14 Vegan Foods That Are Loaded With Iron

14 Vegan Foods That Are Loaded With Iron

As a vegan, there are two questions about my diet I get asked on the regular:

1.) where do you get your protein?

And 2.) how do you meet your intake of iron?

Today, we’re focusing on the latter as it’s totally fair enough. The best source of iron is via animal products – think meat, fish and eggs – as they contain haemoglobin (haem iron has a high bioavailability, meaning it’s easily absorbed by the body.) That said there are plenty of plant-based foods that are rich in non-haem iron, which is essential for transporting the oxygen in the blood.

Other roles of iron include:

  • Providing myoglobin – a protein that is responsible for the red colour of muscles
  • Helping the immune system to function, in order to fight off infection.
  • Supplying the body with enzymes involved in energy production.

For men aged 19 and over, the recommended daily intake is 8mg per day. But, considering some foods inhibit the absorption of iron, there are a few things you should be wary of before nixing animal products entirely.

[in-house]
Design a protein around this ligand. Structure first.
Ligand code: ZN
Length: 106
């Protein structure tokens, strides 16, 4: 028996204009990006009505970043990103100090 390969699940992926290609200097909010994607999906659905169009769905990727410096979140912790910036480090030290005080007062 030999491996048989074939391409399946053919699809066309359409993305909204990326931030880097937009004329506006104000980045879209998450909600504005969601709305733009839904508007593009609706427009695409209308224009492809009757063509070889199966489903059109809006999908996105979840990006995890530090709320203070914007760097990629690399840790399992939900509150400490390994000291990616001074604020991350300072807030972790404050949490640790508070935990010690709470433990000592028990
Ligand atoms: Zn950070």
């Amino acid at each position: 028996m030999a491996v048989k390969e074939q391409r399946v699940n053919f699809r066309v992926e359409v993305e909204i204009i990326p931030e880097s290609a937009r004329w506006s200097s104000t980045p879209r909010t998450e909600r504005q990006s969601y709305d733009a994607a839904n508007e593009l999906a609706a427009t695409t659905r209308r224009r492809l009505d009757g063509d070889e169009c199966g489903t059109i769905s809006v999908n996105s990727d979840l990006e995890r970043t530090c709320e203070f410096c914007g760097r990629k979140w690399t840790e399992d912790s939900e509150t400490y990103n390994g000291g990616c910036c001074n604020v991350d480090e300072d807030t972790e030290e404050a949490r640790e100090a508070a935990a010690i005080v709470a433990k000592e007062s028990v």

“Soy proteins can reduce iron absorption from plant sources, accredited practicing dietitian Natalie Von Bertouch tells Men’s Health. “The same goes for tea, coffee and wine as they contain tannins that bind to iron and carry it out of the body. This means it’s best to avoid drinking these directly after consuming a source of iron.”

To boost your absorption, Von Bertouch recommends loading up on vitamin C-rich fruits and vegetables.

“Cooking plant-sources of iron, for example spinach and broccoli will also help as the heat increases the amount of available non-haem iron in vegetables.”

The most at-risk groups of iron deficiency include:

  • Babies who are given cow’s or other milk instead of breastmilk or infant formula
  • Toddlers, especially those who frequently drink cow’s milk
  • Teenage girls
  • Menstruating women, especially those who have heavy periods or an IUD
  • Pregnant or breastfeeding women
  • People with poor diets or those with eating disorders
  • People who follow a vegetarian or vegan diet
  • Aboriginal Australians
  • Athletes in training
  • People with intestinal worms
  • Regular blood donors
  • People with chronic conditions such as cancer, auto-immune diseases, coeliac disease, heart failure, kidney disease or conditions that predispose them to bleeding, such as gum disease or stomach ulcers
  • People who regularly take aspirin

Here are our top picks for the best plant-based sources of iron:

Weetbix TM 30g 4.2mg
All Bran TM 30g 3.2mg
Kidney beans 1 cup 3.1mg
Green lentils 1 cup 3.0mg
Tofu 100g 2.96mg
Chickpeas 1 cup 2.7mg
Cooked wholemeal pasta 140g (1 cup) 2.3mg
Cashew nuts 30g (20 nuts) 1.5mg
Raw spinach 1 cup 1.2mg
Rolled oats 30g 1.1mg
Almonds 30g 1.1mg
Dried apricot 30g (5 dried apricots) 0.93mg
Broccoli 1 cup 0.86mg
Cooked brown rice 140g (1 cup) 0.7mg
Wholegrain bread 1 slice 0.4mg
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